As the super hectic schedule that has been limiting my posts winds down I am happy to announce that I am now on Twitter. Feel free to follow me if you like what I have to say and thank you for reading.
Honesty is the best policy, unless you are a medical marijuana user. I have been a medical marijuana patient for less than a year. Before becoming a patient myself, I may have had reservations about my teens being around someone who was a regular marijuana user, though I sincerely doubt it since I have known plenty of good people who have used cannabis both medically and recreationally and have had no reason to doubt the quality of their character. What I did not expect, naively I admit, is how easily someone can be misjudged because they use marijuana.
When I chose to pursue medical marijuana as a treatment I had a discussion with my teens about it being a medication, and like any medication I may take I would expect that they did not try to use it. I have made it a point to limit exposing my teens to my marijuana usage both because I prefer to keep our home from smelling like cannabis, and to prevent my teens from smelling like it. They know it is a medication that has helped me immensely because they have seen how much it has helped me. There is a clear understanding that when they are legally old enough, as with alcohol, I will not prevent them from making the decision of whether or not to try it on their own as long as it is legal for recreational consumption. I am honest with my teens and with anyone who has spent significant time in our home.
My teenagers are now dating and when I have met the parents of their significant others I have felt it important to disclose my use of medical marijuana so that my children would not be falsely accused of using it if they mistakenly smelled of cannabis through interaction with me. This has not been a controversial issue. Then I met the mother of a young woman my son was dating. This was at a birthday party for the mother’s friend’s two-year old child at a public park. Within the course of our discussion about our children I disclosed my medical marijuana use which is limited. I made it as clear as possible that I do not smoke in front of my teenagers and have never used marijuana when another person’s child was under my roof, that I would never compromise their safety. I believed that I had made this point clear, apparently I was wrong.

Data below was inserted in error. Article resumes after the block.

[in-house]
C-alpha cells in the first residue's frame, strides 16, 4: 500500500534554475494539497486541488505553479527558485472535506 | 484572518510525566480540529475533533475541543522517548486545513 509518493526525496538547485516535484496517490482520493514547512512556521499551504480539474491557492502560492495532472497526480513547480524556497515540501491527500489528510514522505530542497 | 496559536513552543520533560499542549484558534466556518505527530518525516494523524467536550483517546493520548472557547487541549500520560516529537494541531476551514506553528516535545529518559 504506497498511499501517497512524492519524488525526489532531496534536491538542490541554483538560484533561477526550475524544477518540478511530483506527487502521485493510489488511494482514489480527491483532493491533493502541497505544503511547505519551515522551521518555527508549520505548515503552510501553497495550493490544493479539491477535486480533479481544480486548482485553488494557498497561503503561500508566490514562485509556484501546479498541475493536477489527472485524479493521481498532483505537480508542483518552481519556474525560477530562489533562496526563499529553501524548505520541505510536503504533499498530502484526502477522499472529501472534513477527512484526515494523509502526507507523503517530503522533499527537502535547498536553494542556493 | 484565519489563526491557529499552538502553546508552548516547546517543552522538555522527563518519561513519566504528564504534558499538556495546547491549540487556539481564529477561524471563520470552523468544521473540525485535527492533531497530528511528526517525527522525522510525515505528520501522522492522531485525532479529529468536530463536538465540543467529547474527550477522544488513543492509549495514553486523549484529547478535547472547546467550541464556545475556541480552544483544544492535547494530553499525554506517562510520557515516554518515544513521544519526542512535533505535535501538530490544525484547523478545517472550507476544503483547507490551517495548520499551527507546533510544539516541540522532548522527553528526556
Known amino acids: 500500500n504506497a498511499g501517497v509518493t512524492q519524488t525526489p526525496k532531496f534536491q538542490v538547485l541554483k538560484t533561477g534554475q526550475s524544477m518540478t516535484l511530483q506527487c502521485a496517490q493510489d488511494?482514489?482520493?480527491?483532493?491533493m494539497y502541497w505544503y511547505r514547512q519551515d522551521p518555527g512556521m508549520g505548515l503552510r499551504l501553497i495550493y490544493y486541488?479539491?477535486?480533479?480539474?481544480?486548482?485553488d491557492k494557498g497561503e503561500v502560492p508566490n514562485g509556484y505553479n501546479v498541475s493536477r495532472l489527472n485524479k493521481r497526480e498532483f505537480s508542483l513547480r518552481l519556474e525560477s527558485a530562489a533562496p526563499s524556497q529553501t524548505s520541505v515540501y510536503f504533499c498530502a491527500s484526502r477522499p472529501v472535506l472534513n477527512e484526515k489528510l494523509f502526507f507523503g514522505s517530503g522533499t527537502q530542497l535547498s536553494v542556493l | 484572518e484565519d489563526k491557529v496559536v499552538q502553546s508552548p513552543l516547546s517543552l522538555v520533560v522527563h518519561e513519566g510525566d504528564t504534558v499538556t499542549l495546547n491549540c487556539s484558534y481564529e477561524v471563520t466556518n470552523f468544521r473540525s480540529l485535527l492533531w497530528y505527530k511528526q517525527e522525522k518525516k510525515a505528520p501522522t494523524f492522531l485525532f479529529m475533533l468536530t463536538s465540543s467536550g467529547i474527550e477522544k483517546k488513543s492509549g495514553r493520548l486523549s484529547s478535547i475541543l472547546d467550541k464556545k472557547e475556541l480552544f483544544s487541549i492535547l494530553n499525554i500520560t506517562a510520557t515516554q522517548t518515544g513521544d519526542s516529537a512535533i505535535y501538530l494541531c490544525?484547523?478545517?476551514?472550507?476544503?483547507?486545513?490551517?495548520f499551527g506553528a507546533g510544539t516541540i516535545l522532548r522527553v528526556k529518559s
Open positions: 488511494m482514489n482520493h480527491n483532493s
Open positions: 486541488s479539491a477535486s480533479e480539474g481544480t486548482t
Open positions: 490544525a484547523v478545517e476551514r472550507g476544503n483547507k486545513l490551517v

When I came back to pick him up I was surprised to discover that in the ten minutes it took to get from my home to the park, his girlfriend’s mother had taken several shots of alcohol and was drunk by the time I arrived. My son, who rarely rushes to leave, quickly made his way to my car. The girlfriend’s mother giggled, disclosed that she had been drinking, stated she wouldn’t drive if she couldn’t walk a straight line (which she demonstrated she couldn’t), and thanked my son for coming to the party and that it had been nice to meet us both. We said our goodbyes and left.
I was furious. How could this mother see nothing wrong with getting drunk in public in front of my son the very first time she had met him. I was shocked and reluctant to allow my son to ever visit her home if she could behave this way in public. My son was unsure about continuing his relationship with his girlfriend for other reasons and this incident only added to his concerns. What surprised us both was a text message from her older brother telling him to stay away from his sister or else because his mother had a problem with my usage of marijuana.
I was stunned. I had been honest and my son had been a gentleman, nothing in our actions should have suggested that her daughter would be negatively influenced and yet my son was being threatened because of my honesty. I am disgusted because a woman who thought nothing of public intoxication in front of a teenager she just met in a park felt morally superior enough to judge me as a bad influence because of the medication I take. My husband has told me not to disclose this to others, that it isn’t any of their business. I didn’t always agree with that but now I’m not so sure. As long as so many still see marijuana use as deviant behavior that can corrupt perhaps I should follow my husband’s advice and not disclose that marijuana is used as a medication in my home. I hate feeling like choosing a medication that helps me gives people the wrong impression. I have been seen as a selfish mother because I chose to go to college while raising my kids, and I have had people doubt my parenting because my every waking moment wasn’t devoted solely to my husband and children, but I have never had anyone accuse me of being a bad influence because of a healthcare decision before. Our culture needs to evolve past viewing marijuana use through old stereotypes because it is pretty telling of where we are as a society when a woman who gets sloppy drunk in a public park feels like the sober medical marijuana user is the bad influence.